There Must Be Some Goodness In Nigeria

Posted: June 14, 2013 in Uncategorized

By Benjamin Obiajulu Aduba

I have been on Nigerian websites for a few days. In all these times, there seems to be a competition to identify what is wrong with the only country we have. The competition also calls for the identity of who is responsible: the tribe and the individual. One would think that as we evaluate the country, that the evaluators would say what is wrong and give a nod to what is right and ipso facto give a little complement to those who have made the right decisions.
The nod is completely absent and the round about complement to the tribe and individual comes grudgingly from those who are merely defending the blame placed on their tribe and their tribal chieftain. The few extremely small acknowledgments of the good in the country seem to come from a handful of people like Mr. Nwosu and Mr. Kassim and one or two others. Sometimes I wonder if the
se are real people for when they give the nod, strong tornadoes with winds gusting over 300 MPH is sent their way. They are called names and we are told of their sordid pasts and how they are prostituting themselves for some crumbs from the masters table.
They seem to survive for I still read them.
I believe that many things are wrong with Nigeria. I also believe that in order to solve a problem one must recognize its existence and its magnitude. But I also happen to believe that in other to affect the best solution one must also recognize that which is good. For then one would only remove what is bad while holding on to the good. To do other wise we may throw away the baby with the bath water.
The evidence of what is good can be seen by the fact that there is still one Nigeria since 1960. This one country has survived a civil way, many army led coups and, and many corrupt leadership. There must be something good that is holding us together. There is even more interaction between citizens. I went to visit my sister this past weekend and my sister was hosting a room mate of her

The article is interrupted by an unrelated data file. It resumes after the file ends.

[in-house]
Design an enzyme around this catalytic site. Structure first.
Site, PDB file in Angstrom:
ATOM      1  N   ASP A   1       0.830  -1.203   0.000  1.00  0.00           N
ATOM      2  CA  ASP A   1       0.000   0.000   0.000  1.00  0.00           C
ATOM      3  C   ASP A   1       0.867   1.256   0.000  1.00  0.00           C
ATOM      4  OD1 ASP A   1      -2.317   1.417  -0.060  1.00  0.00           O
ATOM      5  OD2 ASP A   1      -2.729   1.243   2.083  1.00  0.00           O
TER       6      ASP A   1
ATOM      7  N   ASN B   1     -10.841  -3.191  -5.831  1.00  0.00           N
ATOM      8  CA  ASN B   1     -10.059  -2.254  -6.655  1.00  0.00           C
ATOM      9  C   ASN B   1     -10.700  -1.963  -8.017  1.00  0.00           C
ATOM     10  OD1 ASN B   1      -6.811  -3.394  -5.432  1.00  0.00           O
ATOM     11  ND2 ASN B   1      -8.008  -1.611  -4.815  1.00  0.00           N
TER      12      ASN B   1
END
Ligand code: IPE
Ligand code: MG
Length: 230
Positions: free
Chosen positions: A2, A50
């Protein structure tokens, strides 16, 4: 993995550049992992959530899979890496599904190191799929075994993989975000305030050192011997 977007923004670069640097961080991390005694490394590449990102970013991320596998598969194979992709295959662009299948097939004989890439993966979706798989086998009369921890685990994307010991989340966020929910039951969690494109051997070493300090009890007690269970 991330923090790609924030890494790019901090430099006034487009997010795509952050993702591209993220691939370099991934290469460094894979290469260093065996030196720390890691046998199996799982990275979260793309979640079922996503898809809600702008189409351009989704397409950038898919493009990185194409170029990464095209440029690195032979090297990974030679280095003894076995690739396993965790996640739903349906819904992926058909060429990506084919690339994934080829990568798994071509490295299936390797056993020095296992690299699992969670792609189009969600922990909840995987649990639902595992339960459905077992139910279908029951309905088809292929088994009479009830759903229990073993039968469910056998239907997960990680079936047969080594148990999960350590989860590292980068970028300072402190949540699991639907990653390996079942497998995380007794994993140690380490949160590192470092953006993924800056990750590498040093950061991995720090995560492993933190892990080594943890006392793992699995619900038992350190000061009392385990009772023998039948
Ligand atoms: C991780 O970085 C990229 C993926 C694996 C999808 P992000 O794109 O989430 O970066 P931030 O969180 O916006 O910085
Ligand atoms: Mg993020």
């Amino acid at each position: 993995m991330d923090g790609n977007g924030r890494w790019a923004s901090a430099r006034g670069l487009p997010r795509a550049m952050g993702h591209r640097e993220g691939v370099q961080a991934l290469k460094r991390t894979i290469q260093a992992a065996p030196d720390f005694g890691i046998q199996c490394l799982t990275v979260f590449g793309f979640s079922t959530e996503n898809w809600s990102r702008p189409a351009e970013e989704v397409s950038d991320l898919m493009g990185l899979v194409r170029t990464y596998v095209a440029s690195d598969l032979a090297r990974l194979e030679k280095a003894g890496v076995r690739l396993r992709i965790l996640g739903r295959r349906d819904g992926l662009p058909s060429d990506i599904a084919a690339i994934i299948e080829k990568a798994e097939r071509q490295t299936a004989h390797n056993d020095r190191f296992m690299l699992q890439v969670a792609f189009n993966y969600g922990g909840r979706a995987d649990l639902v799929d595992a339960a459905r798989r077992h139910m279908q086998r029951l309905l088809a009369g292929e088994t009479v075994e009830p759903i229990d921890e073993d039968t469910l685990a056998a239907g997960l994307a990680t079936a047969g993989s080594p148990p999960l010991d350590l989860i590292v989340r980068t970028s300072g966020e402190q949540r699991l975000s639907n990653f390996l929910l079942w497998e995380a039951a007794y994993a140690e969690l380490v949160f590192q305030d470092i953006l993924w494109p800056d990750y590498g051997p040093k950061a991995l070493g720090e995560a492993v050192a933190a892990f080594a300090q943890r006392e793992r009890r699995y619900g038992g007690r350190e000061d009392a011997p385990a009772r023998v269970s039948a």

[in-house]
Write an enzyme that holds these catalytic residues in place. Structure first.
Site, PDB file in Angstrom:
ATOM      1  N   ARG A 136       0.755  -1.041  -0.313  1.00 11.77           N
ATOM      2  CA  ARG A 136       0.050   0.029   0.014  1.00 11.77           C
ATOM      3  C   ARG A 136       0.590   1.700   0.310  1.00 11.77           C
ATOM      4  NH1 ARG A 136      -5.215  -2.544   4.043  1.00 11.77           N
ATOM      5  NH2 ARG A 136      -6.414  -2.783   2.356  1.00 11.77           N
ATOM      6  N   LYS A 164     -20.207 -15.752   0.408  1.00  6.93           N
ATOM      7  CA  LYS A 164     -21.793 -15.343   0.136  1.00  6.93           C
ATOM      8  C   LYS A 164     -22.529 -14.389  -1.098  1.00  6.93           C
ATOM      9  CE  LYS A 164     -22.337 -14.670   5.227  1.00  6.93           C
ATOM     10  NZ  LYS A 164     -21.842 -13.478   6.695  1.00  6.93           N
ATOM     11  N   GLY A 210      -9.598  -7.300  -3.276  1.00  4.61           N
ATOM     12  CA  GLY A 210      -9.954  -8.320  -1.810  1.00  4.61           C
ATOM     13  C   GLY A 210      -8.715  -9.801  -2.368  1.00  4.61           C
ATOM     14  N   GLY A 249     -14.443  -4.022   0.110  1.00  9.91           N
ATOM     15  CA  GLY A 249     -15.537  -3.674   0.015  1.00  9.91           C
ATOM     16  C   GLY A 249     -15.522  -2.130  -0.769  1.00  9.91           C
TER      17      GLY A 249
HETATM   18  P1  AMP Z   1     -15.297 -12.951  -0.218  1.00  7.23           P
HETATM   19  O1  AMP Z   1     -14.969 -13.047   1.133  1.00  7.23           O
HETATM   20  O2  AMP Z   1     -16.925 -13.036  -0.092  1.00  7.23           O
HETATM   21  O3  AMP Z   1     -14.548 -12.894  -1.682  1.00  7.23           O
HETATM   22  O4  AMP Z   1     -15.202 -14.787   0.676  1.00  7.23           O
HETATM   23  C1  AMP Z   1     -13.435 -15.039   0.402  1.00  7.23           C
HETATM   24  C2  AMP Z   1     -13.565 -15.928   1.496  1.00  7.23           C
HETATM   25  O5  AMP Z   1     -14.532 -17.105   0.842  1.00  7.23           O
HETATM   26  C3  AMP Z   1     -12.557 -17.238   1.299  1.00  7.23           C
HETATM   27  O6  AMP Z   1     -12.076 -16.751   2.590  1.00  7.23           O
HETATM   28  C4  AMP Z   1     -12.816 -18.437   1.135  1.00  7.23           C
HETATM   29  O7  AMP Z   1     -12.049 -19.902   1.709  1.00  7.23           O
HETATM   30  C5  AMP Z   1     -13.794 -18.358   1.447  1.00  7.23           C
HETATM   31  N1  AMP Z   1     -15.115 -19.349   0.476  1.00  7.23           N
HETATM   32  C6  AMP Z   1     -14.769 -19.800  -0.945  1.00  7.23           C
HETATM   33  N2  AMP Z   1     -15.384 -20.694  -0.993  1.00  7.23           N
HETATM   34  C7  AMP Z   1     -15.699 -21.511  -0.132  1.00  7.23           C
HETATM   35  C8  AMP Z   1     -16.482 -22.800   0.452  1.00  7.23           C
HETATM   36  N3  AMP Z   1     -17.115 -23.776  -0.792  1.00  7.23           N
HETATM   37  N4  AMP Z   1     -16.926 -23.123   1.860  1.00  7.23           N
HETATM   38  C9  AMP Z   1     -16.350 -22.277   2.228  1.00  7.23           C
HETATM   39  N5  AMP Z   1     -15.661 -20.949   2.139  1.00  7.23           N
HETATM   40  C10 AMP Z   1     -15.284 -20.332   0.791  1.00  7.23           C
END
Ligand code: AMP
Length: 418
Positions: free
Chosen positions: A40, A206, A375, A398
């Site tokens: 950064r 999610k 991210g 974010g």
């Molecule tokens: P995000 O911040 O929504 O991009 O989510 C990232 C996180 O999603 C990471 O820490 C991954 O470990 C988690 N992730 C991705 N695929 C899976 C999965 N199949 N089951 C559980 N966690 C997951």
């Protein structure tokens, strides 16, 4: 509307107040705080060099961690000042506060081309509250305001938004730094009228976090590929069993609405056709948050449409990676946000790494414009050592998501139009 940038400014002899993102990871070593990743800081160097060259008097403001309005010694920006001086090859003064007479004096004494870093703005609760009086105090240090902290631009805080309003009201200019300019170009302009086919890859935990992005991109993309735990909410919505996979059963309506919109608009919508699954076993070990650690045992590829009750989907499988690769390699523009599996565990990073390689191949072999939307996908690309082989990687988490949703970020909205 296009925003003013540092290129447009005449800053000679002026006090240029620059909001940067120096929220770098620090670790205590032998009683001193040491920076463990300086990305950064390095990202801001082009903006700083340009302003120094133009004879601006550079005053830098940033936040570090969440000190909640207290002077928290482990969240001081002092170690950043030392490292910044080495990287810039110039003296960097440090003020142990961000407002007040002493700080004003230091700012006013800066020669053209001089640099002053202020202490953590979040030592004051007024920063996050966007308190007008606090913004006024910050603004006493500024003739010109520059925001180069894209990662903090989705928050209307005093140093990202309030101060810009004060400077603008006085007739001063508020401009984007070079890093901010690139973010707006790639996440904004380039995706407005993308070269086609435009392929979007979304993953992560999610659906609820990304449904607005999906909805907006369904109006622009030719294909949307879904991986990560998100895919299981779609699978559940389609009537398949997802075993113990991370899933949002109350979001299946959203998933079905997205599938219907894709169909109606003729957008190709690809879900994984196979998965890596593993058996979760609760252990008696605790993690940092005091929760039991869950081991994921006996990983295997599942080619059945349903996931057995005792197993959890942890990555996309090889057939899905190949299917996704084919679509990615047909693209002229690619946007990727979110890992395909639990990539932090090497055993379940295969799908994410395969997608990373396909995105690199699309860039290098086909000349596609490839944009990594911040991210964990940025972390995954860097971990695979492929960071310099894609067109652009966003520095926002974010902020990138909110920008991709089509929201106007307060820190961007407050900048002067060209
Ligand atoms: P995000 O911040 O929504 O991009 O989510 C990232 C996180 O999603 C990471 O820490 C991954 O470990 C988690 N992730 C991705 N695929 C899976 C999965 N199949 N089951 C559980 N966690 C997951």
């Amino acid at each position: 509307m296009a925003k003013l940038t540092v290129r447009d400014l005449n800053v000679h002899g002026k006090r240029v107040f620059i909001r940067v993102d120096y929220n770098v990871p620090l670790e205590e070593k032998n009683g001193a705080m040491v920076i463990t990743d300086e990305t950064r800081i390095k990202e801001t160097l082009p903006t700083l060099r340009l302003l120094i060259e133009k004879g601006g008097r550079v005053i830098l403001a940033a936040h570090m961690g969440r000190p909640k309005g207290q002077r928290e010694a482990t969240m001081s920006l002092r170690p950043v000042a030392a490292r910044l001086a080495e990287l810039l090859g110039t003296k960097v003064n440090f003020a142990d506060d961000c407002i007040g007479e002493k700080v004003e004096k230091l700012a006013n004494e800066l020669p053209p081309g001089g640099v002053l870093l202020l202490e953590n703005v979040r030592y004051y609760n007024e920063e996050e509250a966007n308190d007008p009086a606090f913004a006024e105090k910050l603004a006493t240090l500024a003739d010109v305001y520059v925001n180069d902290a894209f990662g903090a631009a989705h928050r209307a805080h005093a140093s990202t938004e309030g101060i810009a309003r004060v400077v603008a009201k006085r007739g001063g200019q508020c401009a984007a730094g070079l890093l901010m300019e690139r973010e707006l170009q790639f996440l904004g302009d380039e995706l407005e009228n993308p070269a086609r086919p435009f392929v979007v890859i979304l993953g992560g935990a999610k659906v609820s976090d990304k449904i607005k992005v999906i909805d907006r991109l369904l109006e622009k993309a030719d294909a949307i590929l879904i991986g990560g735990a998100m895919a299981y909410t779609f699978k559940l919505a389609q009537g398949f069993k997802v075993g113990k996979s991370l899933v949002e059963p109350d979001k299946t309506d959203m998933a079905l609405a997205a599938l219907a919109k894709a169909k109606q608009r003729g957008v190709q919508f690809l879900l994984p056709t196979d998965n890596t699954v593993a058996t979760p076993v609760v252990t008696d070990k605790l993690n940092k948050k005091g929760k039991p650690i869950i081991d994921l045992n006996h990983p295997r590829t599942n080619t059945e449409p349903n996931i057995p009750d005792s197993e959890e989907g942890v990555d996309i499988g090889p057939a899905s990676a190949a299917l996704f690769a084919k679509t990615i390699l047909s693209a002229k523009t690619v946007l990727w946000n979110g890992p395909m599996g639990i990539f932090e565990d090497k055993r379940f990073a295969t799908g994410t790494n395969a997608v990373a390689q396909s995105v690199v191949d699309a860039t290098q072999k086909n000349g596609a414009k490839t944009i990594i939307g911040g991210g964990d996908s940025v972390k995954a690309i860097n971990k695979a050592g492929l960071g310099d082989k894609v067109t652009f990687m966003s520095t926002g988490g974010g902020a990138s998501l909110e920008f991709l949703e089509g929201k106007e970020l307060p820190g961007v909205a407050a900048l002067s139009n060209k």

days at ABU, a Nupe woman. She came from Nigeria. They graduated over two decades ago and have kept in touch through marriages and children. They know each other’s family very well.
I am God father to three Yoruba children and my family has Yoruba in laws. There are business partners of all possible combinations. They are living together in many cities and towns and villages. They are not held together by evil machinations but by love and good will. There must be some goodness in all of us.
There must be good in the system that makes such relationships work.
I will venture to hypothesize that what is wrong with Nigeria may be the educated elite among also. Those who hold some kind of PhD in some exotic field. These people have seen the world and liked the progress being made in their fields of specialization and bemoan the fact that Nigeria is not South Korea. They become jealous and antagonistic to the country that gave them birth. Both the
jealous and the antagonistic outbursts are good if only they would channel them and communicate them in
a friendly language. Their outbursts make many of us not to pay the attention they are seeking. Many of them sometimes see only goodness in their ethnic units and nothing but evil in the other ethnic groups. Many seek the salvation of “their people” and wish doom on all others. The Igbo have a prayer: “ugbogiri zoro m; zoro nwunye dim m”, a loose translation is May good harvests come to me and to my husband’s other wife.
We all know about “the other wife.” The reason for the payer for good harvest wish to the other wife (the enemy) is because if both have good harvest the ‘wife’ would enjoy her rich harvest in peace.
Nigerians could do well to learn this Igbo prayer and pray it so unceasingly.
Benjamin Obiajulu Aduba
Boston, Massachusetts
June 14, 2013


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